. 1938 ~ Hoyt Axton, Singer, musician and songwriter. Axton’s mother, Mae Boren Axton, wrote Elvis Presley’s Heartbreak Hotel

. 1940 ~ Anita Bryant, Singer

. 1942 ~ Aretha Franklin, American soul singer, known as the “Queen of Soul” and “Lady Soul”, she won 15 Grammy Awards and was the first woman inducted into Rock and Roll Hall of Fame (1987)

. 1947 ~ Elton John (Reginald Kenneth Dwight), Entertainer
More information about John

. 1948 ~ Kelly Garrett, Actress, singer

. 1949 ~ Neil Jones, Musician with Amen Corner

. 1951 ~ Maizie Williams, Singer with Boney M

. 1966 ~ Jeff Healey, Guitarist, singer, songwriter with the Jeff Healey Band, CBC radio show: My Kind of Jazz

. 1971 ~ Tom Jones went gold with his single, She’s a Lady.

. 1972 ~ The group, America, rode to the top of the pop music charts with their LP, America, and the single (included on the LP), A Horse with No Name. A Horse With No Name would be the group’s only gold record.

January 16 ~ This Day in Music History

martin-luther-king

 

Martin Luther King, Jr Day.

. 1875 ~ First American performance of Johannes Brahms’ “Hungarian Dances”

. 1886 ~ Death of Italian opera composer Amilcare Ponchielli, in Milan

. 1891 ~ French Composer Leo Delibes died in Paris

. 1905 ~ Ernesto Halffter, Spanish composer and conductor

. 1908 ~ Ethel Merman (Zimmerman), American singer of popular music, Tony Award-winning actress (musical), Musical Theater Hall of Fame. She is most famous for Call Me Madam in 1951, It’s a Mad, Mad, Mad, Mad World, There’s No Business Like Show Business and Alexander’s Ragtime Band

. 1929 ~ Marilyn Horne, American mezzo-soprano

. 1929 ~ G.T. (Granville) Hogan, Jazz drummer who played with Elmo Hope, Earl Bostic

. 1934 ~ Bob Bogle (Robert Lenard Bogle), Guitarist, bass with The Ventures

. 1938 ~ Béla Bartók and his wife, Ditta performed their first public concert featuring his Sonata for Two Pianos and Percussion

. 1938 ~ Benny Goodman and his band, plus a quartet, brought the sound of jazz to Carnegie Hall in New York City. When asked how long an intermission he wanted, he quipped, “I don’t know. How much does Toscanini get?”

. 1942 ~ Bill Francis, Keyboard, singer with Dr. Hook and the Medicine Show

. 1942 ~ Kay Kyser and the band recorded A Zoot Suit for Columbia Records. The tune is about the problems associated with wearing this garish, exaggerated ‘hep’ fashion.

. 1946 ~ Katia Ricciarelli, Italian soprano

. 1946 ~ Ronnie Milsap, Grammy Award-winning singer in 1976, CMA Male Vocalist of the Year (1974, 1976, 1977), CMA Entertainer of the Year (1977), blind since birth, he learned to play several instruments by age 12

. 1950 ~ Debbie Allen, Dancer, actress, choreographer, sister of actress Phylicia Rashad

. 1957 ~ Conductor Arturo Toscanini died in New York

. 1957 ~ The Cavern Club opened for business in Liverpool, England. The rock club was just a hangout for commoners. Then, things changed — big time. It all started in the early 1960s when four kids from the neighborhood popped in to jam. They, of course, turned out to be The Beatles.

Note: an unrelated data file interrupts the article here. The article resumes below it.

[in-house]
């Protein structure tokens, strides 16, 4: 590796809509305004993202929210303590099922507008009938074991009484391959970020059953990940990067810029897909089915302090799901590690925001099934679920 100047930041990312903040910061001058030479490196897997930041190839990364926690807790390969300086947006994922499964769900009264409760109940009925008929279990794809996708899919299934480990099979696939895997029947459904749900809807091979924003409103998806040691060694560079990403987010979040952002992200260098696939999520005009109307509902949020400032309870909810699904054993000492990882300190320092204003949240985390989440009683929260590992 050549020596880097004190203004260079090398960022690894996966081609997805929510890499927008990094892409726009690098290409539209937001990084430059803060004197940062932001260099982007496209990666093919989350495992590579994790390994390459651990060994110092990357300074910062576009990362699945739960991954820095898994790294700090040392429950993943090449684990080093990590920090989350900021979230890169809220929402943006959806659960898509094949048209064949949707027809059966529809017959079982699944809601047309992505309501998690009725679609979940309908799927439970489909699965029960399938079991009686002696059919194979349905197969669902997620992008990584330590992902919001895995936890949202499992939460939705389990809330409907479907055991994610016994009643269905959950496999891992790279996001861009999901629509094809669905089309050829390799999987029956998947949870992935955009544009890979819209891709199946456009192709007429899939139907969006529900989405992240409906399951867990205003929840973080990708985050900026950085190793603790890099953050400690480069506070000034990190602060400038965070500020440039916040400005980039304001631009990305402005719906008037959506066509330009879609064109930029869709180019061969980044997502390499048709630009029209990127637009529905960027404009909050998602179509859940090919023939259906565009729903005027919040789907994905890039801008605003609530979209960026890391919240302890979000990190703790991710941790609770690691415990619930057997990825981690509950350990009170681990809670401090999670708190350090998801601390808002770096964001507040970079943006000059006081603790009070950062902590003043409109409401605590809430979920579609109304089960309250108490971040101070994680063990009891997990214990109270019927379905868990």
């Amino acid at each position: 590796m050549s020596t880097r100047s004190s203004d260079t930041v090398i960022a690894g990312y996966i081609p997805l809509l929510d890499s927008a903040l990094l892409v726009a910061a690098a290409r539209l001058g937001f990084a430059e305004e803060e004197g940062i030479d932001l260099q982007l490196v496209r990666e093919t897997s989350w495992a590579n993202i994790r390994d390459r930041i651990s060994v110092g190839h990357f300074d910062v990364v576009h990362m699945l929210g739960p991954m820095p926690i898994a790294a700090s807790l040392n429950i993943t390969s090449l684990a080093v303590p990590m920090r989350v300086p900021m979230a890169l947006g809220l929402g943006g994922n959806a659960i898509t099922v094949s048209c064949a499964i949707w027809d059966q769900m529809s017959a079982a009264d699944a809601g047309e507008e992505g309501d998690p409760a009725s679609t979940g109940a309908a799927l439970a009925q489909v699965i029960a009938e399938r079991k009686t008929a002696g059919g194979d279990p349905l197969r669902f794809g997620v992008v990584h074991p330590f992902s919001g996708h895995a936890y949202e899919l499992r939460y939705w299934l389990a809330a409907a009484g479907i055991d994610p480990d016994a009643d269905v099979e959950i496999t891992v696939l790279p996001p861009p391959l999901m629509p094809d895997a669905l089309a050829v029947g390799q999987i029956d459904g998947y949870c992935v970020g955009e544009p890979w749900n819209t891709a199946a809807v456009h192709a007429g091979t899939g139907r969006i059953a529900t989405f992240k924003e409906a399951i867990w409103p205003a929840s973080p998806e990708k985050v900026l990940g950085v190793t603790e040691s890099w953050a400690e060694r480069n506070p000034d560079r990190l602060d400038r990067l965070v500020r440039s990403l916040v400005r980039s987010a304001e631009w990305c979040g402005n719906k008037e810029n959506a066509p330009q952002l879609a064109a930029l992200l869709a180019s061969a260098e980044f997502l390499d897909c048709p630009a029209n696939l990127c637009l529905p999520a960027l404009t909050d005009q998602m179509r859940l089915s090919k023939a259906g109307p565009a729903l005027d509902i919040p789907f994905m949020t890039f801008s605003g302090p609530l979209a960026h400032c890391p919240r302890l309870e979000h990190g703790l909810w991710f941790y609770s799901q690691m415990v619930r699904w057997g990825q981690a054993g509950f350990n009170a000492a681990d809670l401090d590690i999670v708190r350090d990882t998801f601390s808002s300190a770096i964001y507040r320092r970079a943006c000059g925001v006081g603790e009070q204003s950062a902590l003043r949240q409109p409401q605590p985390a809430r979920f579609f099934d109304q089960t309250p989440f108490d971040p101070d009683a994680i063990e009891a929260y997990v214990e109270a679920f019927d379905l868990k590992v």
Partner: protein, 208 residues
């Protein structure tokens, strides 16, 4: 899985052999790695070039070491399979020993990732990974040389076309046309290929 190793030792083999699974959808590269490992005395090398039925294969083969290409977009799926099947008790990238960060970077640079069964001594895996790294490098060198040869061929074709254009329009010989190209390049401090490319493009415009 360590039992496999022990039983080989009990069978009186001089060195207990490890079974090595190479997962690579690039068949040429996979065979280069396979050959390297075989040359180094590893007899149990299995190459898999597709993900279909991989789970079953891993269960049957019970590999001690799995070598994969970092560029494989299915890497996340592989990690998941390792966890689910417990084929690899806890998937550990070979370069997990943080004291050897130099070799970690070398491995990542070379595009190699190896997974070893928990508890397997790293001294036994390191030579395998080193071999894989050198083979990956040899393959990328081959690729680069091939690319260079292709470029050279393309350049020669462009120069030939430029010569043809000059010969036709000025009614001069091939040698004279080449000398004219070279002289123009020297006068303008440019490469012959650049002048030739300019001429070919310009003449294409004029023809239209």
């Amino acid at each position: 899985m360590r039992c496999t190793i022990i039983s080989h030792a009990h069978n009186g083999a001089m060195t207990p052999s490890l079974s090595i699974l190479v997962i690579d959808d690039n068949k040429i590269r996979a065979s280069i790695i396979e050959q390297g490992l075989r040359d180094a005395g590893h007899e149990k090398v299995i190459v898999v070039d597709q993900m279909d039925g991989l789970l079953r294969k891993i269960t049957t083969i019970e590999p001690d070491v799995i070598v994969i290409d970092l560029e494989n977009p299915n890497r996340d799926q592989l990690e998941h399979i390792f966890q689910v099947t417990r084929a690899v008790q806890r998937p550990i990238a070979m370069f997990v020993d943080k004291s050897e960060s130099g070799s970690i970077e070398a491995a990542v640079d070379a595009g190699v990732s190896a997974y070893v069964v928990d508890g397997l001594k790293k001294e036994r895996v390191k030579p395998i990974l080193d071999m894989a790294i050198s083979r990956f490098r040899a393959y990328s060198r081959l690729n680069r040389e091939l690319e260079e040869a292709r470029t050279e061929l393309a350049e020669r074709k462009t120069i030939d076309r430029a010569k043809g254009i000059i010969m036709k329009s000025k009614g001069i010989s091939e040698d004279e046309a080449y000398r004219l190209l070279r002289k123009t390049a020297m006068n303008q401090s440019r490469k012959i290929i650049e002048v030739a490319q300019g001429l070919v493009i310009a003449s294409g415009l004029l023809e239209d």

. 1962 ~ Paul Webb, Bass with Talk Talk

. 1964 ~ “Hello Dolly!” opened at the St. James Theatre in New York City. Carol Channing starred in the role of Mrs. Dolly Levi. The musical was an adaptation of Thornton Wilder’s play, “The Matchmaker”. The show, with an unforgettable title song, was hailed by critics as the “…possible hit of the season.” It was possible, all right. “Hello Dolly!” played for 2,844 performances. And, it returned to Broadway in the 1990s, again starring Carol Channing.

. 1972 ~ David Seville died on this day in Beverly Hills, CA. Born Ross Bagdasarian, the musician was the force, and artist, behind the Alvin and the Chipmunks novelty songs of the 1950s, ’60s and ’70s.

. 1973 ~ Clara Ward passed away. Ward was an American gospel artist who achieved great artistic and commercial success in the 1940s and 1950s.

. 1976 ~ The album, “Frampton Comes Alive”, was released by Herb Alpert’s A&M Records. The double LP soon reached the top spot of the album charts and stayed perched there for 17 weeks. It sold 19 million copies in its first year.

. 1984 ~ Michael Jackson received eight awards at the 11th annual American Music Awards this night.

. 2001 ~ Eleanor Lawrence, a flutist who played often in chamber music performances and with several orchestras in New York City, died of brain cancer at the age of 64. She is credited with transforming a simple newsletter into an important source for flutists. Lawrence studied the flute at the New England Conservatory with the principal flutist of the Boston Symphony Orchestra, James Pappoutsakis. She later studied with flutists from the Philadelphia Orchestra and the Metropolitan Opera orchestra. She joined the American Symphony Orchestra and the Brooklyn Philharmonic after moving to New York in the 1960s. She played periodically with the New York Philharmonic and the Metropolitan Opera. Besides performing, Lawrence taught at the Manhattan School of Music. She served three times as the president of the New York Flute Club. She edited The National Flute Association Newsletter, now The Flutist Quarterly, from the mid-1970s to the early 1980s, expanding it from a brief information sheet to a publication with regular interviews.